The Atlantic Monthly describes the innovative attempts of the City of La Paz Bolivia in changing driver behaviour in the streets, slowing traffic, and helping pedestrians survive. The “cebritas” program is a hybrid to that first introduced in the 1990’s in Bogota where mimes were sent out on the street to tease and admonish drivers breaking the rules.
La Paz is the highest capital city in the world, and decided to do things a bit differently. They have 265 local volunteers dressed in full-body zebra costumes who nudge “people toward good behavior. “On a lot of busy corners you will have police directing traffic, but their method of doing it is whistling at you, yelling at you, pulling you over, giving you a ticket,” says Derren Patterson, an American who owns a walking-tour agency in La Paz. “Whereas the way the zebras do it, if a car stops in the crosswalk, they will lay across his hood.” The volunteer zebras are popular at schools and hospitals, are interviewed on media, and participate in parades. Many are students.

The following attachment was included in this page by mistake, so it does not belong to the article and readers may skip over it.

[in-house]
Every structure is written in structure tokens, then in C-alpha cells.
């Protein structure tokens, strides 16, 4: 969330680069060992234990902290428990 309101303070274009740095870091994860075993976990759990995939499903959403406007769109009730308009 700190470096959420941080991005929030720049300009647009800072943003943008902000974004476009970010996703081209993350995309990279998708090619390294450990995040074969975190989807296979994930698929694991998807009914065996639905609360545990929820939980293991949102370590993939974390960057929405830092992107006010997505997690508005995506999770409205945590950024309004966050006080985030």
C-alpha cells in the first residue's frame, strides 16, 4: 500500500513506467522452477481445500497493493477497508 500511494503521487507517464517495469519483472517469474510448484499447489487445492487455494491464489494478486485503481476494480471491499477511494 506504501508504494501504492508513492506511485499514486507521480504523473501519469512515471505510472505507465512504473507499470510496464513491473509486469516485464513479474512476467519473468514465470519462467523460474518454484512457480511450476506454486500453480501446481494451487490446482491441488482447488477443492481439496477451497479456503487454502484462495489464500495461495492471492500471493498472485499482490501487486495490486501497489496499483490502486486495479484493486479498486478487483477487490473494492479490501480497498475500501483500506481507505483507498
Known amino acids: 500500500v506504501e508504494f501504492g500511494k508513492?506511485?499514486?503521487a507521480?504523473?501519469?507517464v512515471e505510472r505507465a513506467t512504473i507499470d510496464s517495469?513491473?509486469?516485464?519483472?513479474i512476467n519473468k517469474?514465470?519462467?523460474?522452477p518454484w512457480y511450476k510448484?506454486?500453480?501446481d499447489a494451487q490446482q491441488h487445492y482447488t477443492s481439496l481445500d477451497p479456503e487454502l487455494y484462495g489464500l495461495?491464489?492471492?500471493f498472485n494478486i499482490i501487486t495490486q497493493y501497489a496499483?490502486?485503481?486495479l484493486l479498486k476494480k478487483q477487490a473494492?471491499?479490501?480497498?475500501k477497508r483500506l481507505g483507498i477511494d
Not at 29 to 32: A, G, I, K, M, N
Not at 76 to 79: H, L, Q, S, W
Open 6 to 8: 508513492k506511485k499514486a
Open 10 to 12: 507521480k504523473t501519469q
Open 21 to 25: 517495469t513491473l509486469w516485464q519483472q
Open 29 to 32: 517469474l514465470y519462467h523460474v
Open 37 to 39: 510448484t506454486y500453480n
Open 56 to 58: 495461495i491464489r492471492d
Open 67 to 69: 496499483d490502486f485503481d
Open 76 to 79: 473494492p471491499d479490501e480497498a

The program is so well accepted that there is a “day program” that allows tourists to dress up as zebras and join the La Paz zebras in the streets. As an early program organizer noted ” “They may be dressed up as zebras, but they defend what is human about the city.” Last December the Zebras won the “Guangzhou International Award for Urban Innovation, which recognizes cities and regions with innovative approaches to improving public life. The award’s organizers commended La Paz for its response to a “very serious challenge” confronting cities worldwide—the subordination of pedestrians to cars—with “great humor and understanding,” and said they hoped the project might inspire “more civilized streets” around the world.”